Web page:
UK Budget summary: lots on surviving, little on thriving

Even before Coronavirus came to the UK, Boris Johnson’s second choice Chancellor had an unenviable task delivering his first Budget so soon after the surprise resignation of his predecessor. Many will feel reassured by Rishi Sunak’s debut, particularly by his apparent blank cheque for the NHS to get through the COVID-19 pandemic.

However, the announcements for present and prospective social entrepreneurs were less positive.

Amidst a flurry of fiscal stimuli being announced, a few measures stood out that could help some current social entrepreneurs to steer their ventures through the tough times ahead:

  • A ‘Coronovirus Business Interruption Loan Scheme’ will support businesses to access bank lending and overdrafts of up to £1.2 million in value.
  • A dedicated COVID-19 HMRC helpline will guide businesses and self-employed individuals in financial distress and with outstanding tax liabilities to receive support with their tax affairs.
  • Statutory Sick Pay (SSP) will be extended to those advised to self-isolate, those caring for others who self-isolate, and to those who cannot claim SSP who are in the welfare system. Also, businesses with fewer than 250 employees will be able to claim a refund on SSP costs for up to two weeks per employee
  • Businesses on Small Business Rate Relief (SBRR) or Rural Rate Relief will be able to seek £3,000 in small business grant funding from their Local Authority.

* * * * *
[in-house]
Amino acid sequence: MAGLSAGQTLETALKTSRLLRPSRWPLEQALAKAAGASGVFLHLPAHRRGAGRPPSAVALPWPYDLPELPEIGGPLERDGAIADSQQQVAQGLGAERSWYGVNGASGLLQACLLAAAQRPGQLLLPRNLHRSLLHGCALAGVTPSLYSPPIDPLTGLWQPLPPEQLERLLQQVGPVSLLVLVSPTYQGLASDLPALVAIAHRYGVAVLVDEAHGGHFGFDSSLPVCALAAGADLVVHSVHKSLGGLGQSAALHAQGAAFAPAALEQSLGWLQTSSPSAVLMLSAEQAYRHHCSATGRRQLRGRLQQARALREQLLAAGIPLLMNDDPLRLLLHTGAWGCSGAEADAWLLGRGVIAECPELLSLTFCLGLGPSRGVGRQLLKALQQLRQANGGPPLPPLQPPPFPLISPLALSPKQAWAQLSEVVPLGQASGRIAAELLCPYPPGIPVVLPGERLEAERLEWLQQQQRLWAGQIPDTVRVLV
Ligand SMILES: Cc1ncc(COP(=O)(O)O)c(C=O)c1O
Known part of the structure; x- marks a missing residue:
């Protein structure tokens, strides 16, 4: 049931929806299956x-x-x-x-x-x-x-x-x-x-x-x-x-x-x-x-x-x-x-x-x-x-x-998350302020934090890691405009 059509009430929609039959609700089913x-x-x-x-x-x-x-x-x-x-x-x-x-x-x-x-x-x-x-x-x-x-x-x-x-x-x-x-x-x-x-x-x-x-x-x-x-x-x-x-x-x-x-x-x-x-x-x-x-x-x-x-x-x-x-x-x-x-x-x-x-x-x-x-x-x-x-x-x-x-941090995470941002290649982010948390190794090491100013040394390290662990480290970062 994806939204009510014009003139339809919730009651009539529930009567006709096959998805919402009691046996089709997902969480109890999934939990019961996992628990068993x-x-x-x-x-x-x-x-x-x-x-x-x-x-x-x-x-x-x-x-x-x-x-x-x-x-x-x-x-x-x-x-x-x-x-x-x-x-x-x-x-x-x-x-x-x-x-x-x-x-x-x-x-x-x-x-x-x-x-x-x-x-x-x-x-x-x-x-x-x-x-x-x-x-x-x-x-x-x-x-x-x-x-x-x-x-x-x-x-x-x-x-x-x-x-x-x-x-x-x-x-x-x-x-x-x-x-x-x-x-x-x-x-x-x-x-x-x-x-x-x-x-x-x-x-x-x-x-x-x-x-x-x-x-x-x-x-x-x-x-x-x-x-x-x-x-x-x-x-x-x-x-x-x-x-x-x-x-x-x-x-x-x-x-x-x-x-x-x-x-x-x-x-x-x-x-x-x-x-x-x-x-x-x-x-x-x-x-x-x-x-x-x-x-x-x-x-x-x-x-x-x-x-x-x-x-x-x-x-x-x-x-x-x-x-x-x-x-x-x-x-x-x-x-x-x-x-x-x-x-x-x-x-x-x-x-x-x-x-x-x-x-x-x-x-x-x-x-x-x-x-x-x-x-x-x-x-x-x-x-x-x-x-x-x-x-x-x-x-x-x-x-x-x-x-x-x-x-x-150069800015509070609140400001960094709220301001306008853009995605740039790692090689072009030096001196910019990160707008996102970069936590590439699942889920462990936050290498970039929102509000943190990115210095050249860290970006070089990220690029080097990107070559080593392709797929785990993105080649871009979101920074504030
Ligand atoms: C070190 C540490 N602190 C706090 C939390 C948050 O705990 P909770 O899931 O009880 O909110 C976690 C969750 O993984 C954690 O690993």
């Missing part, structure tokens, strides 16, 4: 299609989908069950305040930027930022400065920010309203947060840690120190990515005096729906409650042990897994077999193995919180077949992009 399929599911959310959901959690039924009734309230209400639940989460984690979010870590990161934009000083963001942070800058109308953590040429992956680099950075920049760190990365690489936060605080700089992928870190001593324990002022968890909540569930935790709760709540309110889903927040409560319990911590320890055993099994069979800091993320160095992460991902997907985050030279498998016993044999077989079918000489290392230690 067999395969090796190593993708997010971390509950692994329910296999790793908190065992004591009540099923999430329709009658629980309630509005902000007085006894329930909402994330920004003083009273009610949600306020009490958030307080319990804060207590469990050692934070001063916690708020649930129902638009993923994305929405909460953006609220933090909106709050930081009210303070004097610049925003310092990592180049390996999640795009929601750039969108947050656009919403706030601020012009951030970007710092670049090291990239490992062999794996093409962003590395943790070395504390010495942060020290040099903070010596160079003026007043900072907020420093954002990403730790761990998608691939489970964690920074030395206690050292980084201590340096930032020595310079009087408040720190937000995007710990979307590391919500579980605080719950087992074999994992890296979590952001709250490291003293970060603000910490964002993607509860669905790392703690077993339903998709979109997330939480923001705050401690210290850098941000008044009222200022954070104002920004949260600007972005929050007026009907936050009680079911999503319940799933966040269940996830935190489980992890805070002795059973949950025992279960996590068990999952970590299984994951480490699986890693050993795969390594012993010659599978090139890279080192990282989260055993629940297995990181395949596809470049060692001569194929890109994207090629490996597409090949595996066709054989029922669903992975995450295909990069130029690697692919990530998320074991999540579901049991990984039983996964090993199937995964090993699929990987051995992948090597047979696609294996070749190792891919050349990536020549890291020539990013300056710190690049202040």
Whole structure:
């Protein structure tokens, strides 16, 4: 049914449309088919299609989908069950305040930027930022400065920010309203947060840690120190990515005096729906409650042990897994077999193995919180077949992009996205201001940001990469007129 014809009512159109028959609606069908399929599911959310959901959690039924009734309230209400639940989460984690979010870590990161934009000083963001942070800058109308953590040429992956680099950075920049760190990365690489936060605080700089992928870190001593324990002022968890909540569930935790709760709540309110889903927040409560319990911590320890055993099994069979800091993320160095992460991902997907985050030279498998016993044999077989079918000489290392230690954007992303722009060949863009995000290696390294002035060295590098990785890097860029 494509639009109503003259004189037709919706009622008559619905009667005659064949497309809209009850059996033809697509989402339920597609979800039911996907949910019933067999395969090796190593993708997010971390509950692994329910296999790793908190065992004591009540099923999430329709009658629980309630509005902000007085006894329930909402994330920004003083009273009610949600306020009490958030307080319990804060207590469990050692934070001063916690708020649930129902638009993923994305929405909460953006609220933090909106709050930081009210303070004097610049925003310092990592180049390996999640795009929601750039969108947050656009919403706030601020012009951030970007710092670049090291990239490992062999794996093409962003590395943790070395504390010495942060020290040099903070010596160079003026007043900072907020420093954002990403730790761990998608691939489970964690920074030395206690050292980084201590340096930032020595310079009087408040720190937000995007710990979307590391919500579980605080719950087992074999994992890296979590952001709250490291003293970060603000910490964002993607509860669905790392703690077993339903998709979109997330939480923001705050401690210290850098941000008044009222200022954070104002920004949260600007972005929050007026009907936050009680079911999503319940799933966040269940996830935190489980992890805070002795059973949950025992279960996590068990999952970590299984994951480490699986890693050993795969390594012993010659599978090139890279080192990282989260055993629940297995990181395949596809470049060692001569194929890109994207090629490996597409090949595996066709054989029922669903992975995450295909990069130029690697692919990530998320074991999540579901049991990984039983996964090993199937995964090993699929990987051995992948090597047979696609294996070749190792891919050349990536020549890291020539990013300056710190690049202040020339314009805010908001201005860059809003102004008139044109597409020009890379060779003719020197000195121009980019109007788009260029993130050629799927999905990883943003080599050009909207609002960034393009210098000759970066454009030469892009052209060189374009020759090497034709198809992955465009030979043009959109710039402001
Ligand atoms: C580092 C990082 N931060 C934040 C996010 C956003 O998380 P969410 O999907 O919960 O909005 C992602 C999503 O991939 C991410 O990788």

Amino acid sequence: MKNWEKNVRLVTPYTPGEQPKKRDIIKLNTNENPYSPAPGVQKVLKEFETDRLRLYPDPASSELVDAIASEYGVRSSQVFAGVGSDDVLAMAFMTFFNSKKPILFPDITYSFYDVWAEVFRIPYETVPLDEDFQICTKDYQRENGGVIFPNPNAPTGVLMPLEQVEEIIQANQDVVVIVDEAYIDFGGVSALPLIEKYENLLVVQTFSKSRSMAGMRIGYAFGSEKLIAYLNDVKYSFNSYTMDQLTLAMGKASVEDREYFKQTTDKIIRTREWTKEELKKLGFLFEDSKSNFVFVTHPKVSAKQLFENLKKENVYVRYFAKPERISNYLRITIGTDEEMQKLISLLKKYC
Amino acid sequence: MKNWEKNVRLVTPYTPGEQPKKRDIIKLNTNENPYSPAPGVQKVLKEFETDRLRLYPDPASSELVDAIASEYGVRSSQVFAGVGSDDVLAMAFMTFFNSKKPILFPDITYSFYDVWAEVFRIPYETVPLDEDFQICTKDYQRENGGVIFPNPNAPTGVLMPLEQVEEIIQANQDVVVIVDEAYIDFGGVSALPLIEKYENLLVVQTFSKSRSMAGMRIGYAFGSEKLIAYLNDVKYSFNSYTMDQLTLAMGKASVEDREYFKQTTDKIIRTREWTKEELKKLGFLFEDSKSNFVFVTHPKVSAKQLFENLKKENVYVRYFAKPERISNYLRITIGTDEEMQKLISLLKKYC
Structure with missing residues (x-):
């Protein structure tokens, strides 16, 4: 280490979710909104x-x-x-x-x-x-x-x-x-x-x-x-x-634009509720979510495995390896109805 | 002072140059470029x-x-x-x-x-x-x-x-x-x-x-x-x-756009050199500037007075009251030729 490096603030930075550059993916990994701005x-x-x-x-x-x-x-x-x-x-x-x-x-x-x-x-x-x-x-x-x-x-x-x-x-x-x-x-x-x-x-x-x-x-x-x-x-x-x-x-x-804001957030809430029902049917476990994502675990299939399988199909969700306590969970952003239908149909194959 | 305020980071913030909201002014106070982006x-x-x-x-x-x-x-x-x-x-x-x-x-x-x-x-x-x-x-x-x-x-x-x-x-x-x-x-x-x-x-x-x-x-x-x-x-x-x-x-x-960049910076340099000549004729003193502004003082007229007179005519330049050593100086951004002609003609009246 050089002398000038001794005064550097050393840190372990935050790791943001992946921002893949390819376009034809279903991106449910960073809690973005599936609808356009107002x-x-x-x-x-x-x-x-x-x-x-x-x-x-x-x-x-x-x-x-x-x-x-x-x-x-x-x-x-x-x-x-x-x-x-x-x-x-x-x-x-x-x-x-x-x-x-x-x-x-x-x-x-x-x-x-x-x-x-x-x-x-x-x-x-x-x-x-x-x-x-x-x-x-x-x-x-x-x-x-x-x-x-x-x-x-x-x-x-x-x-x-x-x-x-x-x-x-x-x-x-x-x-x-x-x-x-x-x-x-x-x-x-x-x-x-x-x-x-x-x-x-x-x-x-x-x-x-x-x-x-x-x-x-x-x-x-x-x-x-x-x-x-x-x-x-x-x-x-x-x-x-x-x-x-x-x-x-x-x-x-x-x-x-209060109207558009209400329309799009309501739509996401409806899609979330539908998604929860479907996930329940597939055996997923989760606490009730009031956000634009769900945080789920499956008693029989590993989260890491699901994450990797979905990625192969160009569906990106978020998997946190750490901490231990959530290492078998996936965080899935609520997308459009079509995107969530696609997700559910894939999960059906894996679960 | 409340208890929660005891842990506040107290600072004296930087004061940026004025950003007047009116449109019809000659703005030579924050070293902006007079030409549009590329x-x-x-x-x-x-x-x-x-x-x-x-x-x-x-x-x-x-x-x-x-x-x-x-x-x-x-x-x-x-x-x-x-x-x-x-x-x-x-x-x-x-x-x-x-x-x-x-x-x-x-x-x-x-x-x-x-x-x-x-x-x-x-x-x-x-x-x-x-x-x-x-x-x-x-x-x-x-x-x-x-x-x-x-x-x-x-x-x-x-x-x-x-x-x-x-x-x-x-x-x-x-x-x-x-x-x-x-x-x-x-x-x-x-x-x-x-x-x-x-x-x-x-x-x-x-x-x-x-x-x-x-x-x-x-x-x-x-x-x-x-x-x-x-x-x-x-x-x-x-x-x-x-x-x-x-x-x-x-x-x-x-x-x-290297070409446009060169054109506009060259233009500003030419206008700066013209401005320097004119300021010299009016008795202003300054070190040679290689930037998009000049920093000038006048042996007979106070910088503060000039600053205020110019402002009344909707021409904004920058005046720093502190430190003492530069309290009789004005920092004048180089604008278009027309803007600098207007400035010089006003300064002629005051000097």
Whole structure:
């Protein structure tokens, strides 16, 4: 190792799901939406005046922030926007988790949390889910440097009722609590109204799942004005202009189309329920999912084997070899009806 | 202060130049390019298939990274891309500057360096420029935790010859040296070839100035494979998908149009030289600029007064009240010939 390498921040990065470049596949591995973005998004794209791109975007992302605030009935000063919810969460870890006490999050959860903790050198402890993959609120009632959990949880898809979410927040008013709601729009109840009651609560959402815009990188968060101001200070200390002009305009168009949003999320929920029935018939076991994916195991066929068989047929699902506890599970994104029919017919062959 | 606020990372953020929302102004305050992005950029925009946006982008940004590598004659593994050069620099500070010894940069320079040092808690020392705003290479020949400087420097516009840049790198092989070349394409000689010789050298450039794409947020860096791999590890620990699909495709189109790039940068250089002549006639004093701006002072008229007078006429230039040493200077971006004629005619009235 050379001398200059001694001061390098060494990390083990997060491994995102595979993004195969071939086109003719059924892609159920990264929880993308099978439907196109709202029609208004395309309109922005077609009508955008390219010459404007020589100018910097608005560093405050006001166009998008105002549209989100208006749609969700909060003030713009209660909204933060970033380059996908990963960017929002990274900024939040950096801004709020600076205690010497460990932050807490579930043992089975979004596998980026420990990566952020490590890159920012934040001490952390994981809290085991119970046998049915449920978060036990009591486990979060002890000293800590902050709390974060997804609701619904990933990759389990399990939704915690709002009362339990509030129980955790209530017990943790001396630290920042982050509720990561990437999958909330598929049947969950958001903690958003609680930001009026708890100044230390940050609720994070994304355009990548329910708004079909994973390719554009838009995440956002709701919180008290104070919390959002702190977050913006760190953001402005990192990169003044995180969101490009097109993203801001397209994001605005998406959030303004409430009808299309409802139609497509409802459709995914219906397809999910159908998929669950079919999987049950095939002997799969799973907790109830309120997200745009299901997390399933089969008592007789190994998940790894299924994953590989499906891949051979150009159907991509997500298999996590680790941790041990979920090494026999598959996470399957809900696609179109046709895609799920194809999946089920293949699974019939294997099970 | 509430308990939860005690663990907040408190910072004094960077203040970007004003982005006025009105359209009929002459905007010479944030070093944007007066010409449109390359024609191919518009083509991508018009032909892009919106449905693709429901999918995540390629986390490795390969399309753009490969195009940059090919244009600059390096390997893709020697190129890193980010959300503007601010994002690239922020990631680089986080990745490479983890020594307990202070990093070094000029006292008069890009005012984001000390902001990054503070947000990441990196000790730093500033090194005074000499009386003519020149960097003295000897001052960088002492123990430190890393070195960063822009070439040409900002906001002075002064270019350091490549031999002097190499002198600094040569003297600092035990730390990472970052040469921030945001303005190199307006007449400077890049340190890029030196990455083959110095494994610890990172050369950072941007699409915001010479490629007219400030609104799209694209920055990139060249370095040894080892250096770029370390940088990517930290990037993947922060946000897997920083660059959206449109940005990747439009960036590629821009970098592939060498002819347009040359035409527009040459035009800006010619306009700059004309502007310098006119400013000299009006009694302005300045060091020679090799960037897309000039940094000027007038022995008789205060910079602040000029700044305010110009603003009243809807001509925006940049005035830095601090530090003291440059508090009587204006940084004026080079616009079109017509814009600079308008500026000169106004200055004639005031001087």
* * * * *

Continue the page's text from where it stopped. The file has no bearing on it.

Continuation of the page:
• Lastly, business rate relief for the retail, leisure and hospitality sectors will temporarily increase to 100% in 2020-21.

Nothing particularly bad there then, but the problem is there wasn’t much else. Social ventures are likely to be amongst the first to feel the effects of Coronavirus – most have less than 10 employees, and most trade with the general public – so it’s concerning that the total number of mentions of social enterprise in the Treasury’s 121-page Budget was zero. There was also no hint of policy reform that could benefit social entrepreneurs. For instance, no update was given on social value procurement at national level, and no improvement on pre-election plans for social care spending was offered.

The Chancellor’s first Budget particularly came up short for people who may want to start-up a social venture in the future. Last November, independent research commissioned by UnLtd revealed that 5.2 million adults in the UK have an idea for a social venture that they haven’t set-up yet, so the Chancellor’s new start-up loans for 10,000 entrepreneurs simply won’t suffice.

Despite all the spending announcements, the 2020 Budget fails to fully unleash the potential that social entrepreneurs can bring. Quite simply, this Government must utilise the UK’s present and prospective social entrepreneurs if it is to honour its promise to ‘level up’ Britain. Post-Coronavirus, we’ll hope to see the Government untap the solutions that people have to the social and environmental challenges that will otherwise persist.

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Author Info

Kevin Armstrong Policy Lead

At UnLtd I influence stakeholder policies to help create a future where enterprising people are transforming our world for good. I’m using my background working for charities, social enterprises and governments across the UK to change policies so it’s easier for people to find the enterprising solutions we need to society’s challenges locally and nationally. We can’t improve policies without you, so please keep an eye on the website for opportunities to get involved.

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